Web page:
The home language as "a key opening doors" as opposed to "a restriction"
We all want our multilingual children to grow up empowered by their languages. But the multilingual / multi-literacy journey is not easy. It demands a lot of dedication. As we try to maximise our children’s exposure to our home language(s), the school language can sometimes appear as “the enemy”, and we might be trying to keep it away. This is natural, but it can also result in our children rejecting or avoiding reading and writing in their home languages.
In this blog post, I will share a few ideas to help our children want to read in our languages.
#1 – Keep the experience positive.
This is very obvious but worth mentioning. If our children do not enjoy the experience because they feel FORCED to read/write, they won’t want to carry on. This does NOT mean that we must avoid any reading/writing unless our children ask for it. As mentioned in previous posts, we can have moments during the week where we work on literacy in the home language. And this practice is even more effective if the literacy “work” is playful (Read The Parents’ Guide to Raising Multi-literate Children for ideas and tips). Let us also remember to keep some time when we read and write for pleasure.
#2 - Do not pretend to play when you teach.
Children learn best while playing, and will happily engage in a treasure hunt activity, for example, to practise their reading or writing skills (watch this video on developing writing skills with the treasure hunt activity ). Let’s keep in mind that reading and writing in the home language will likely demand effort from our children. They will gladly put the effort if the learning is fun. However, if we try to sneak in some work in playful or relaxing activities, most children will become more reluctant. For example, if we have a bedtime story routine but tell our children to read more than they are comfortable with, they will be more reluctant to carry on this routine.
As a child, or even now as an adult, you have probably experienced the pressure of being watched. When I learnt to juggle with three balls, I remember wanting to show how well I could do it to my parents. But because of the pressure to do it well, I kept dropping the balls.
For our children who have learnt to read and do it quite fluently, it can be pressurising to read in front of you or other people. Therefore, even though our children CAN read more or less fluently, it does not mean that they will WANT to READ with you. Let’s give our children the choice to read out loud or not, when it is for pleasure.
#3 – When it comes to reading for pleasure, let’s not use our languages as a limiting criterion
As much as we want our children to read in the home language, when it comes to reading for pleasure, it is important not to present our language as a limiting criterion, but as expanding their choices.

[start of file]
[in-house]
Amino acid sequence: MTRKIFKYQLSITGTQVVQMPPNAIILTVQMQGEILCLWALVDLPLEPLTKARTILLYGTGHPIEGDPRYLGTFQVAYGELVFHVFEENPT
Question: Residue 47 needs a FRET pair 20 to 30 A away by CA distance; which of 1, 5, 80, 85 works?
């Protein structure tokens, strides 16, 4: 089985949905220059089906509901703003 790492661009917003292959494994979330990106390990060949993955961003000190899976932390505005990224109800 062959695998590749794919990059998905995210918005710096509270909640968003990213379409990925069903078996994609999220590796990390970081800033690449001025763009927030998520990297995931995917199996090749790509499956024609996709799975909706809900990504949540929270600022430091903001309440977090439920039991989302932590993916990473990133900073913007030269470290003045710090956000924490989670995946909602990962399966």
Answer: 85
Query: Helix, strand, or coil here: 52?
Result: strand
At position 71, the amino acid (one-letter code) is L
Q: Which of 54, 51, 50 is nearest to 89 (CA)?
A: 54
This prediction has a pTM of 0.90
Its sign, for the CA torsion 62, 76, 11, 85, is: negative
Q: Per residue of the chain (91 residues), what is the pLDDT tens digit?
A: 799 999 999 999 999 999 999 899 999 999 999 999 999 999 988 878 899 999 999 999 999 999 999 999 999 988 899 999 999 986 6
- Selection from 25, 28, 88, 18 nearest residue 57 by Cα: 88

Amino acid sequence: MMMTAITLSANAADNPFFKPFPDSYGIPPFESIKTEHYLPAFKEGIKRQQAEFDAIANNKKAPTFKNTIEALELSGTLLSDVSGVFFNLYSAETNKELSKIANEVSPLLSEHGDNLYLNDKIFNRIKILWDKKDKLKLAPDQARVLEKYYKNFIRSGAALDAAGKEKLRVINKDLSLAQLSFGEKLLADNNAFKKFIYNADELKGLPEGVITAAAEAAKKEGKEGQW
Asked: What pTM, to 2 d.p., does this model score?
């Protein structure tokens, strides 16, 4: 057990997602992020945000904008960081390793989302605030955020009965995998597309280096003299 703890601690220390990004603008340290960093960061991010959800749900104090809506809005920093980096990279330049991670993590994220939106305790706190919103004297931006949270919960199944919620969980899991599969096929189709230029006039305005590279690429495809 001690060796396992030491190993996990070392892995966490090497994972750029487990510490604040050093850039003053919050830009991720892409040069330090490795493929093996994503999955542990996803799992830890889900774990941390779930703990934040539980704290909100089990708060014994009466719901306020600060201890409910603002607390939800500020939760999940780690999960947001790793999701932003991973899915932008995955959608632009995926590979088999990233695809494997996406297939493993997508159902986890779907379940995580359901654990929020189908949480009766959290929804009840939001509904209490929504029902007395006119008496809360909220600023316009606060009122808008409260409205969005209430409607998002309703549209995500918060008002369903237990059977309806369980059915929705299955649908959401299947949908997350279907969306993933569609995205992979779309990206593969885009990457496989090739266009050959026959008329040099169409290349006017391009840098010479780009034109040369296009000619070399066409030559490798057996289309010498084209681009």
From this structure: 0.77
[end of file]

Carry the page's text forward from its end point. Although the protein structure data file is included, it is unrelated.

Let me explain: If our children want to read a book with us and we tell them that they have to choose one in the home language, it limits the choice. However, if we ask them instead the type of book they want to read and they answer “a comic book”. We narrowed it down by genre. Then, if you have some in the community language, and others in your home language, the fact that they can read in both languages provides them more choice. They might not choose the one in our home language, but that would probably be because they prefer that story, not necessarily the language in which it is written.
#4 – Read for fun.
If our children go to a complementary school (or if we teach them), they read and write in their home language during these lessons.
It is nevertheless important to read as well for FUN. The way we teach them to read and write, or the way it is taught in their complementary school might be fun, but they don’t really have the choice of the activity.
In order to help our children experience reading for pleasure, and developing a love for reading in all their languages (home language included), books in your home language need to be read with “no strings attached”, purely to enjoy the story. This can of course take the form of us reading to them. Please let’s keep in mind that reading is not purely about decoding the words. As detailed in this video, there are many more skills that come into play. By reading TO our children, we might not practice decoding, but we can teach them new words, working out the implicit, etc.
It is by reading for fun with them that our children will be more likely to read for fun on their own in all their languages.
#5 – Let’s find books our children will enjoy reading
Some languages are a lot easier to get books in than others. For example, based in the UK, we find books in French more easily than books in Korean. The majority of our French books come from Amazon. On the other hand, those in Korean are mostly second hand, from Korean families with older children.
Depending on our children’s age e-books can make the search for interesting books a lot easier and cheaper.
One thing is certain: No matter the language, research will be needed. Forums and social media are a fantastic resource. They allow us to be in touch with families on the same multi-literacy journey and to get ideas of new books.
The time we spend researching these books are definitely worth it because:
Our children want to read these books, and will therefore practice independently.
It will help develop a love of reading in our home language.
These books are the perfect tool to help our children experience reading in our home languages for pleasure.
Have you tried other ways to help your child see reading and writing in their home language in a positive light? Please share in the comments below.